Thursday, August 27, 2015

Golf Course Update

We are a little over two weeks removed from Aerification and I wanted to take a second to update everyone on the progress of recovery and state of the golf course.  First, let me throw some numbers out there for ya:

  • On July 14th, I posted that we received rain on 22 of the past 37 days up to that point.  We then proceeded to have 3 rain events over the following week leading us to July 21.

  • Since July 21st, we have had 34 out of 37 days with out rain.  Yep, that's right, just 3 rain events equaling a little over an inch spaced out over almost 5 weeks.

Simply put, we have gone from one extreme to another.  Here is a update on the conditions of each playing surface:


All putting surfaces are continuing to slowly recover following Aerification despite the environmental factors that we have been dealt.  This recent cool spell has allowed drastic improvements in the dinged up areas on collars and localized bent spots on a handful of greens.  We have started to spoon feed these surfaces via chemical applications to aid in the filling of holes.  A supplemental granular application will be given this coming Monday to help expedite the process.

We have been mowing daily over the past week and have begun to lower heights, as the heights lower in combination with small doses of food, the holes will begin to fill.  I know we all want the putting conditions that we have grown accustom to, but it is important that everyone realizes the delay in progress is a direct result of  the conditions that we are facing.  I have stated before that Poa is not a big fan of the heat, you throw in a drought and the stresses of aerifying in with that and you have a bad recipe.  City water used with our irrigation isn't going to provide the same beneficial nutrients that Mother Nature can provide, in the meantime we just have to be a little patient and they will be back in a matter of no time.


Tees have a night and day difference since my last post.  The fertility used with Aerification in conjunction with the cool week we are experiencing has brought most tees back to a full recovery.  The tees that experienced damage from the process have also showed signs of improvement as the voids have slowly decreased over the past week.  There are a few areas that need to repaired (example being #10 upper tee, #11 and #18 blue/white) and we will start that process on this coming Monday.


Both surfaces continue to be our strong point as of date in my opinion (largely because of the aerificaiton process on Greens and Tees).  Just a few drain-lines and localized dry spots continue to plaque a few areas.  Overall appearance and playability is up to my standards and I hope your enjoy the extra roll as well!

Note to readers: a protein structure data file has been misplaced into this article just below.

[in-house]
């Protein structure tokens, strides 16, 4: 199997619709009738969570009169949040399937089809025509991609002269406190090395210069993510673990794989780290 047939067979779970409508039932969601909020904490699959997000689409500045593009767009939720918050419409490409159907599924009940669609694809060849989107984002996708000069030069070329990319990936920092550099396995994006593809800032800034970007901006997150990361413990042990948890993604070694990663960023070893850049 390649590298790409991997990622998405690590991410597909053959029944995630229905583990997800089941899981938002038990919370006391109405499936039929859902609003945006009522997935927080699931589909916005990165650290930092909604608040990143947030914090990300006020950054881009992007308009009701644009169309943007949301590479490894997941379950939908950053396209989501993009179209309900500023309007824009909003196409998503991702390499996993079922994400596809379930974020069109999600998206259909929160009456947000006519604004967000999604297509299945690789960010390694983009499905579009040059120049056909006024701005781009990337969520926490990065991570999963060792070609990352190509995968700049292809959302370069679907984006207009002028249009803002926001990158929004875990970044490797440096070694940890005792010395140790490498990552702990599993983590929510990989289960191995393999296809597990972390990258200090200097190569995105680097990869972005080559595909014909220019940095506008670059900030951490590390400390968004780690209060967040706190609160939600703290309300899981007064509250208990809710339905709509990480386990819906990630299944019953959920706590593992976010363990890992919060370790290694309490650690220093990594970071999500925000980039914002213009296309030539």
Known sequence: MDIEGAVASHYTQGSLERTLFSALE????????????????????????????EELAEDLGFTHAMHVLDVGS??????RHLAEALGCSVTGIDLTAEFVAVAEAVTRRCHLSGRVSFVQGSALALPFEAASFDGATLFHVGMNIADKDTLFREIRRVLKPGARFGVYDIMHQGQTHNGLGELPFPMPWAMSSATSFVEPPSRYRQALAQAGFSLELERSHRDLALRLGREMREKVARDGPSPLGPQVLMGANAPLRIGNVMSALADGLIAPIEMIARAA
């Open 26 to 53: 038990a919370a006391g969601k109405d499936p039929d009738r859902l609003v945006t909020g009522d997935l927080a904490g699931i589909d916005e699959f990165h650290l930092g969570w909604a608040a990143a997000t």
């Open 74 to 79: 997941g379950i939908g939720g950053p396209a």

Ahh, the problem child.  I touched on the aesthetic and health issues with our rough in the upcoming September newsletter.  The rough has multiple factors leading to its appearance and playability during these stressful periods.  Irrigation is the biggest factor, with the layout of our system, a majority of rough doesn't have coverage during nightly waters and some areas are hit with fairway or approach heads (which we don't want to overwater).  Soil structure and the hodge-podge of species also contribute.  The soil is extremely compacted, rocky, poorly drained and acidic...all factors that contribute to lack of rooting.  The hodge-podge of species requires a variety of inputs for plant health such as water and nutrients.  Both of these factors are being addressed over time with applications, cultural practices and introduction of hardier plant species.  Finally, cart traffic.  A lot of the worn, thin areas of rough are a direct result of cart traffic while entering and exiting cart paths or in areas that receive concentrated flow without cart paths.  The only remedy would be to encourage "Scatter" while using carts.  Try to avoid the discolored thin areas of rough during your next round and keep carts on paths at all times. 

Overall, I think we are pretty fortunate with the state of the course after the past two and half months of environmental challenges.  It goes to show that plant health can prepare you for whatever Mother Nature throws your way, although I would like to have a sit down with her and give her a piece of my mind.  Outside of executing the right practices to exhibit plant health, the staff from top to bottom continues to go the extra mile and the result is showing throughout the property.

I'm excited with this place going into the next month of events and bringing the 2015 season to the close.  A little rain wouldn't hurt my feelings, but it has been great seeing so many out enjoying the golf course! 

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